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Posts Tagged ‘katherine lyall-watson’

Motherland has finished its premiere production. It played in Brisbane at Metro Arts from 30 October to 16 November 2013.

Flyer for Motherland

Sweeping through the Russian Revolution, World War II, and Brisbane history, Motherland is an epic new work of historical fiction, informed by actual events.

Nell and Kerensky in the production of Motherland

Kerith Atkinson as Nell and Peter Cossar as Kerensky in Motherland. Photo bby Al V Caeiro.

Three women, exiled from their homelands, find their lives are woven together across continents and decades. Nell Tritton, the Brisbane wife of a deposed Russian prime minister forms a close friendship with Nina Berberova, who is exiled in Paris. The woman who would tell their story is Alyona, a Russian curator whose dreams of a new Australian paradise are crushed by bankruptcy and the Fitzgerald Inquiry.

Rebecca Riggs in Motherland

Rebecca Riggs as Alyona, with Peter Cossar as Chris.

Shortlisted for the Patrick White Playwrights’ AwardMotherland is a tapestry of friendship, displacement, home, and identity – a finely-crafted story of the casualties of love, ambition, and politics.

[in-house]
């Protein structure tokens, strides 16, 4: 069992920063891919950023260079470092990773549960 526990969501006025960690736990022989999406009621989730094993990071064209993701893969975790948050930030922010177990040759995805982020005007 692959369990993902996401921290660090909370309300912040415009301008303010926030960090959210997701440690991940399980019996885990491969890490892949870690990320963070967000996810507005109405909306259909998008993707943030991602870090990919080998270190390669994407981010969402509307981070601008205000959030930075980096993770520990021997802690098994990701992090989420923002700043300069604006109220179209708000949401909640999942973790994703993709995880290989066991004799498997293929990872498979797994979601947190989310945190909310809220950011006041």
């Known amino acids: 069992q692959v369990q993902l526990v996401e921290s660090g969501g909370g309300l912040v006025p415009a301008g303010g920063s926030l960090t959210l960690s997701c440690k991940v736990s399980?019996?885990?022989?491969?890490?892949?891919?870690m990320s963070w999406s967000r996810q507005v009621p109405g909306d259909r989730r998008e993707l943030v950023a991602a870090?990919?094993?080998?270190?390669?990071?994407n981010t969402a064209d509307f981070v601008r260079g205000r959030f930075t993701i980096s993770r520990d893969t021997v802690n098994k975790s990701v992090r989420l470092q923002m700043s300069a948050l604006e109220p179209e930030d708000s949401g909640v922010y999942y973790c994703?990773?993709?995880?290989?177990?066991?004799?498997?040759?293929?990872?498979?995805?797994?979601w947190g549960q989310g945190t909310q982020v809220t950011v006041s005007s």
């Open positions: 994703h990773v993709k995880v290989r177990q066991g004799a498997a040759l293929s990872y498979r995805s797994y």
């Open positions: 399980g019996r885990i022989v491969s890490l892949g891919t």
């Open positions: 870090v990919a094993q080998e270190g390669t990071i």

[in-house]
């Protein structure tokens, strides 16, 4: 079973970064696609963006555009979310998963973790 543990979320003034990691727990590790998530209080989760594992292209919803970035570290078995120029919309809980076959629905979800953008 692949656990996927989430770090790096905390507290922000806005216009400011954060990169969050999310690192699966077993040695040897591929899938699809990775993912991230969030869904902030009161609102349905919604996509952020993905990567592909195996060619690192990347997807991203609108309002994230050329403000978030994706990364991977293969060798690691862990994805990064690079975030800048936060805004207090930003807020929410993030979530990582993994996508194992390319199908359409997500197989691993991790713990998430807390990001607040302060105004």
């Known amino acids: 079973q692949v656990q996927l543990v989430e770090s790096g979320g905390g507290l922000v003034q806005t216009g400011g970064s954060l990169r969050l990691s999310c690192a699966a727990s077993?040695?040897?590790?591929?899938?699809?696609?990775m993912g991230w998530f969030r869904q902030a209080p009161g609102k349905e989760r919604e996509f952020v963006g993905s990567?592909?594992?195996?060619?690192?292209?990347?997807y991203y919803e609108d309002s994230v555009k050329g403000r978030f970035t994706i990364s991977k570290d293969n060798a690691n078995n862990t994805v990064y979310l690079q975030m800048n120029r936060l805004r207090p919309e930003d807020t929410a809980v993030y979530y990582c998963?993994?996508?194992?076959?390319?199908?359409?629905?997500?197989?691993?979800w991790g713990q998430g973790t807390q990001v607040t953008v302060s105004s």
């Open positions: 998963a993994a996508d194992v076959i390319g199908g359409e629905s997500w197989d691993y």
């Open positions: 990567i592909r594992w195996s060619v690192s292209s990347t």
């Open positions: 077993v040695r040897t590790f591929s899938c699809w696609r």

PLAYWRIGHT Katherine Lyall-Watson
DIRECTOR Caroline Dunphy
CAST Kerith Atkinson, Peter Cossar, Barbara Lowing, Daniel Murphy And Rebecca Riggs.
SET DESIGNER Annie Robertson
LIGHTING DESIGNER David Walters
COMPOSER & SOUND DESIGNER Dane Alexander
DRAMATURG Kathryn Kelly
PRODUCER Danielle Shankey
ASSISTANT PRODUCER Madeline Römcke

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A while ago I was contacted by Louise Egan, a woman who travelled on the Linblad Explorer when my uncle Lyall Watson was working there as expedition leader/scientist in residence. It was such a joy to hear from someone who’d met Lyall in the early 70s and remembered him so fondly.

Lyall Watson cutting loose on the dance floor

Lyall dancing with Louise on the Linblad Explorer

Louise and her sisters Marie and Joanna and their parents travelled on the Linblad Explorer in 1970 and 1973 and she said she would be happy for me to share her memories here. (Thanks to Marie for the fabulous photos.)

The following is an edited extract from Louise’s email to me: